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India Plays Down End to U.S. Trade Preferences

by AFP

Prakash Singh—AFP

New Delhi’s commerce secretary says ‘GSP withdrawal will not have significant impact’

India played down on Tuesday President Donald Trump’s intention to end certain trade preferences, saying the impact on New Delhi’s exports to the U.S. would be minor.

Annual Indian exports to the United States are close to $80 billion, but those covered by the Generalized System of Preferences (GSP) are worth just $5.6 billion, Commerce Secretary Anup Wadhawan said. “GSP withdrawal will not have a significant impact on India’s exports to the U.S.,” the Press Trust of India (PTI) news agency quoted Wadhawan as saying.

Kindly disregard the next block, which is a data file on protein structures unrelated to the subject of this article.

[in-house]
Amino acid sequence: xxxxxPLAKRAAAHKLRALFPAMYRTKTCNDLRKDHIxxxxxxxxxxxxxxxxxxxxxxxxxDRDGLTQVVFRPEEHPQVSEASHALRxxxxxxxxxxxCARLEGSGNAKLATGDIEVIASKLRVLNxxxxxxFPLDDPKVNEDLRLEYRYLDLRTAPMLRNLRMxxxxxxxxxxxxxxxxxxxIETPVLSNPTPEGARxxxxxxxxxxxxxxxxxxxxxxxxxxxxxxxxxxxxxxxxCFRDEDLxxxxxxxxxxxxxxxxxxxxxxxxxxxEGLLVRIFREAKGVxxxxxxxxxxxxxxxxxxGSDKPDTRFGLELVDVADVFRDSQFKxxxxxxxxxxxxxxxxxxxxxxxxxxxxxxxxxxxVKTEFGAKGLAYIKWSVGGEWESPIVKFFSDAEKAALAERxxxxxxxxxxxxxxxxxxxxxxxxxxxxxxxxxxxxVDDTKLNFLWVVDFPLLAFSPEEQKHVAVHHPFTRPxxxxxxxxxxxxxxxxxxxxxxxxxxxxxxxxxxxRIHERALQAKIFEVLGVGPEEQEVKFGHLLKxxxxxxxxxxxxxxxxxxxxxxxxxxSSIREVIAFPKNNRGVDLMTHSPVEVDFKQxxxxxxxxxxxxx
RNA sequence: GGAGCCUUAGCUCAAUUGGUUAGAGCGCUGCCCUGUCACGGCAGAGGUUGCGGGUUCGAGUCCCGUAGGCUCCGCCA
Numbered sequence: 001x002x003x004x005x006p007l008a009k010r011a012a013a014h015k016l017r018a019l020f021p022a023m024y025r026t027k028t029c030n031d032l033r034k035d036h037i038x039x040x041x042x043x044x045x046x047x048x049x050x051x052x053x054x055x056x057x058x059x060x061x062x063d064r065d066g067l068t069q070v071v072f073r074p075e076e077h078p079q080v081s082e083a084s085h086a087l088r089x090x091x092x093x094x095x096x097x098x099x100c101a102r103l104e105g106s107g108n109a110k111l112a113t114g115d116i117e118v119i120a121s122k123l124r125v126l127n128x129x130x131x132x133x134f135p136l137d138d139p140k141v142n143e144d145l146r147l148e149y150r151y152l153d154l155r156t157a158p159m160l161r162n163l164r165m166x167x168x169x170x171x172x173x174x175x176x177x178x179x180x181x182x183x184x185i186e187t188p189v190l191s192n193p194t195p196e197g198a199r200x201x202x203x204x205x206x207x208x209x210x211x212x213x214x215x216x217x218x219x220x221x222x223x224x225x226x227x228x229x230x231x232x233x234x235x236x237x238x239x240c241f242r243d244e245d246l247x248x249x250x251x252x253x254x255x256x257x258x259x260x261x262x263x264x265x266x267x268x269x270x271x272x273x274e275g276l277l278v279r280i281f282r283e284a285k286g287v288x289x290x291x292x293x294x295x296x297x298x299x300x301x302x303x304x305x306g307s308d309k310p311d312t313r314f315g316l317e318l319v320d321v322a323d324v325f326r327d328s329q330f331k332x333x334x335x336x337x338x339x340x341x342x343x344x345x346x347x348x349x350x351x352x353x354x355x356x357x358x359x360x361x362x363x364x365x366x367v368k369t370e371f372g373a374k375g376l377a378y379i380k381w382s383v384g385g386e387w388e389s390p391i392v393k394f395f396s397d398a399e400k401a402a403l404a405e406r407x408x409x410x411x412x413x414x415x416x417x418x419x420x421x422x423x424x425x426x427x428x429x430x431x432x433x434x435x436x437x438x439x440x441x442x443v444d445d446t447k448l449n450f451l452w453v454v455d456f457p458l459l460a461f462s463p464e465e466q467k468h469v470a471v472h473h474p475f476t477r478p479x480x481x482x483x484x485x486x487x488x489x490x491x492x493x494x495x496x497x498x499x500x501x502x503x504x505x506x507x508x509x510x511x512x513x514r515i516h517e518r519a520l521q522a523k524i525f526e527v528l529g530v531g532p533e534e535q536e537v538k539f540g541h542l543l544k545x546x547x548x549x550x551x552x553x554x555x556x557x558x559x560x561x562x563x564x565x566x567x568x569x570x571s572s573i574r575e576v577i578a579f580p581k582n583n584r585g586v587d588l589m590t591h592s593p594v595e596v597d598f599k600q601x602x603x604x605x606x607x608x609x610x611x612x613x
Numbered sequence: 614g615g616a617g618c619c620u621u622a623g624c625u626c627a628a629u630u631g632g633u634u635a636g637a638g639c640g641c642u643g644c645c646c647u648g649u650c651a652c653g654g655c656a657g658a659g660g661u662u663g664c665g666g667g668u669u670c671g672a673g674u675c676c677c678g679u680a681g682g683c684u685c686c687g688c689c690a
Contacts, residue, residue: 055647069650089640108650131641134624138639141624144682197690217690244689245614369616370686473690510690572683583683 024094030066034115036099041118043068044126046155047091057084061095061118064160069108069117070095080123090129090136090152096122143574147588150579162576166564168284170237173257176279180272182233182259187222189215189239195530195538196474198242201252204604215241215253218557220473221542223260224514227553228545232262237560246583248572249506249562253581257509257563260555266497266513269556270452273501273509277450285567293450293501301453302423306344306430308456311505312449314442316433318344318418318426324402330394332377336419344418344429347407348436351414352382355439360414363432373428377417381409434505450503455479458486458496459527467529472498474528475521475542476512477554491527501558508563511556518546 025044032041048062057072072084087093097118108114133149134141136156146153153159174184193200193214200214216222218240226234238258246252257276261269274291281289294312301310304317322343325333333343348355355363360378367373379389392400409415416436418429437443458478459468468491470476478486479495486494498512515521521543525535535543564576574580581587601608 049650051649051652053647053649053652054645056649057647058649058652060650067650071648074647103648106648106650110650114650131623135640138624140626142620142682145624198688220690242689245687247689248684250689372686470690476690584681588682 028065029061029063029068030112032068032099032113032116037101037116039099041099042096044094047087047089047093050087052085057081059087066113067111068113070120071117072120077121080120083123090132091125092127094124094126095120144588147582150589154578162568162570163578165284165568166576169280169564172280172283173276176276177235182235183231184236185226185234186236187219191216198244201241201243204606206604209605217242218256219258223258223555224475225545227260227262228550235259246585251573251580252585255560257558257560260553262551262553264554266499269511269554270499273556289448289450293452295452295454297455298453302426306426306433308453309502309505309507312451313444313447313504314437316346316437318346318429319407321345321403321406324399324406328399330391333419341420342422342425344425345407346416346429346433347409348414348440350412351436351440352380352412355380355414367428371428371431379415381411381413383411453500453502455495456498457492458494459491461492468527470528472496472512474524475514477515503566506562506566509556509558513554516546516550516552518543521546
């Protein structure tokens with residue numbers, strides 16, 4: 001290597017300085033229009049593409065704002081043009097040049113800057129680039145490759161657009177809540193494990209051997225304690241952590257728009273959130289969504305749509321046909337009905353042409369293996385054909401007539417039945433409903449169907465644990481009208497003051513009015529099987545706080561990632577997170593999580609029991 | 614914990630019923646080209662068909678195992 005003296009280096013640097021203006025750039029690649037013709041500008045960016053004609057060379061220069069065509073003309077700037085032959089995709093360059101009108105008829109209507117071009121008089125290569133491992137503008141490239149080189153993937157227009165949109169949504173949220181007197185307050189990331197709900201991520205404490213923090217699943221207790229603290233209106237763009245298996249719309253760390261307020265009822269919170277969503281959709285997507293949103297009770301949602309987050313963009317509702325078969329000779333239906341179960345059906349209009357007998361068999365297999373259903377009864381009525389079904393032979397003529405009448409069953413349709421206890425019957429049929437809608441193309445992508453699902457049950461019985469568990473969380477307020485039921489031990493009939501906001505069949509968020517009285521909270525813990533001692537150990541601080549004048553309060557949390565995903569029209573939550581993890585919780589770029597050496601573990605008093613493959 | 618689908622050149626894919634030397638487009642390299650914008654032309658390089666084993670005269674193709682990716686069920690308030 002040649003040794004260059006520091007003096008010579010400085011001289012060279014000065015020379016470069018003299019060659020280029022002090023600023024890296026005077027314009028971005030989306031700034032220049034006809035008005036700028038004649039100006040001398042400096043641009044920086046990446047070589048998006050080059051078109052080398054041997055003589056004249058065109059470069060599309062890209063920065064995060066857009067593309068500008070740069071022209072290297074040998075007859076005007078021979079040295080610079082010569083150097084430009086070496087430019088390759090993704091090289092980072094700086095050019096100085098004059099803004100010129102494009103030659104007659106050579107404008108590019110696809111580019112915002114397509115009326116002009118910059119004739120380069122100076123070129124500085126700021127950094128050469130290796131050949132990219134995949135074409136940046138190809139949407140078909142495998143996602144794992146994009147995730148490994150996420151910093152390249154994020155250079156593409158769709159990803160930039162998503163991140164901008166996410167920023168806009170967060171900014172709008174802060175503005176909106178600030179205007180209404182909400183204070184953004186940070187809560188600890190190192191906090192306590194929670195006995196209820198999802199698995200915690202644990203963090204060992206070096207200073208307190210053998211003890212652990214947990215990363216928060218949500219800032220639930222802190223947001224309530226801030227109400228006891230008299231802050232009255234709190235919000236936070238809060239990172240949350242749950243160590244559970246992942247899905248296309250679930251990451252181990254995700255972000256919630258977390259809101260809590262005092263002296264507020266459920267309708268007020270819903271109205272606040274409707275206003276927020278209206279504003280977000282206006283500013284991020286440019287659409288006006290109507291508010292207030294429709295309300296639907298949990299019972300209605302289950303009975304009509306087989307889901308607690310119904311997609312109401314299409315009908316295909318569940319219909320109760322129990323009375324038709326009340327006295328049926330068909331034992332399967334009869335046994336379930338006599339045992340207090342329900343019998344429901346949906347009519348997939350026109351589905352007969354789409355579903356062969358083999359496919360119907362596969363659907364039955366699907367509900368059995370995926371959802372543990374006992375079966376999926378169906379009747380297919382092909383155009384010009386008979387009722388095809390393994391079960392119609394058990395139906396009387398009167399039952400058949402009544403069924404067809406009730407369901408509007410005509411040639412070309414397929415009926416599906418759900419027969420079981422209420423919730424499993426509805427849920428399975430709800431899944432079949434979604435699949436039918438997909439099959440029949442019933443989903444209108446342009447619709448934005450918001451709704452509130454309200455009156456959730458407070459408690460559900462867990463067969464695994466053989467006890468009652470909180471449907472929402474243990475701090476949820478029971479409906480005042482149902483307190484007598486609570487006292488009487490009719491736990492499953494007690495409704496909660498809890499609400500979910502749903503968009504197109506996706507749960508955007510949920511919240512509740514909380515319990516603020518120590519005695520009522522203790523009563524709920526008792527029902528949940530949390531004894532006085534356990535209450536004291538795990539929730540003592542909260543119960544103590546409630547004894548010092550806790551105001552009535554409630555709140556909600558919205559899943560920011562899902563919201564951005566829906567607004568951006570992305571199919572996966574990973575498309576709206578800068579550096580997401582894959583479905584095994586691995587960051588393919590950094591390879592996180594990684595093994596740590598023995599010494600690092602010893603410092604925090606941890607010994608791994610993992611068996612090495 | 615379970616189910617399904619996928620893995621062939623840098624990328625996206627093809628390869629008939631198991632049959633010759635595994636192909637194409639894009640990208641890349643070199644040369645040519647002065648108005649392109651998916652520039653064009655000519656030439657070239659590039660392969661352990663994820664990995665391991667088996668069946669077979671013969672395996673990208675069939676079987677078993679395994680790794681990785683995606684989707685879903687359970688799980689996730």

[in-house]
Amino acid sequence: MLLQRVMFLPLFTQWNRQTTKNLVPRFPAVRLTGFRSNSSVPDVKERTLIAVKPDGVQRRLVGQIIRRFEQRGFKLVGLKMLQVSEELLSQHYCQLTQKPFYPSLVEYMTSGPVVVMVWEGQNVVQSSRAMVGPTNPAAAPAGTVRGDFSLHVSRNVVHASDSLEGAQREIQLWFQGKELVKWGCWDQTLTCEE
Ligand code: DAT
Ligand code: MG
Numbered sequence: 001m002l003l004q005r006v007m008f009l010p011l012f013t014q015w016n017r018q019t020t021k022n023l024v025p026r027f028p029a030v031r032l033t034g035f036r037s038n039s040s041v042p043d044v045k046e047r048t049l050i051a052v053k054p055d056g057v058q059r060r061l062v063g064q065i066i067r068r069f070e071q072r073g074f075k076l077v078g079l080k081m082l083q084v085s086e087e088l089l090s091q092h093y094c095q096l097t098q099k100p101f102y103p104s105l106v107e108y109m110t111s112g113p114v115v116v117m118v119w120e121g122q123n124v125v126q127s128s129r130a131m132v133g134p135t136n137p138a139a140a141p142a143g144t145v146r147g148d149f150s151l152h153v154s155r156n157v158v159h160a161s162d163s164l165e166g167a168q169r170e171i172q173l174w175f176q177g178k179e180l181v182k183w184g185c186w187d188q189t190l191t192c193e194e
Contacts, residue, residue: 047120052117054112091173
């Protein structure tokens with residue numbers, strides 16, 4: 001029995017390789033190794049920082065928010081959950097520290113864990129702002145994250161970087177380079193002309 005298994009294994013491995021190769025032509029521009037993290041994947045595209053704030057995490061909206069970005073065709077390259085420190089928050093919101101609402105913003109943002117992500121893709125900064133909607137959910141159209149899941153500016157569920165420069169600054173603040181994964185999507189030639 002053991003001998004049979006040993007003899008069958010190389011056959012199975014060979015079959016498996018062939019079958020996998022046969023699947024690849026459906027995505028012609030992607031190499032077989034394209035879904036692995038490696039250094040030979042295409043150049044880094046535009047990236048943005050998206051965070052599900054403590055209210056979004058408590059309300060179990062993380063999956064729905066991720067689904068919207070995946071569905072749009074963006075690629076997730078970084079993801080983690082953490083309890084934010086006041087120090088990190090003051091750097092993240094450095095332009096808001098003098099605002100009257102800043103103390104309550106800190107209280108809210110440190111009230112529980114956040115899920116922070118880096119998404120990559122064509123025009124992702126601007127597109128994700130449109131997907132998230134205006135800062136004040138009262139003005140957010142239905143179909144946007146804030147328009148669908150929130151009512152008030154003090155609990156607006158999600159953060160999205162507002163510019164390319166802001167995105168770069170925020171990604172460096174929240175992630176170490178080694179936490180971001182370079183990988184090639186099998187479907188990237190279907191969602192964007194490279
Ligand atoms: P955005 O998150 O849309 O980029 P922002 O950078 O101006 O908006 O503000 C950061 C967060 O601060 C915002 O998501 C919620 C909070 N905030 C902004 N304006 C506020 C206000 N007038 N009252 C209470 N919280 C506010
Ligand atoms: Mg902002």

Although India is the biggest beneficiary of the GSP, Wadhawan added that the duty benefit from the GSP was just $190 million per year.

The U.S. trade chief’s office said on Monday that Washington intended to terminate both India and Turkey’s GSP designations “because they no longer comply with the statutory eligibility criteria.” India “has implemented a wide array of trade barriers that create serious negative effects on United States commerce,” the Office of the U.S. Trade Representative said in a statement.

The changes cannot take effect for at least 60 days, a process Trump began on Monday with letters to the speaker of the House of Representatives and the president of the Senate.

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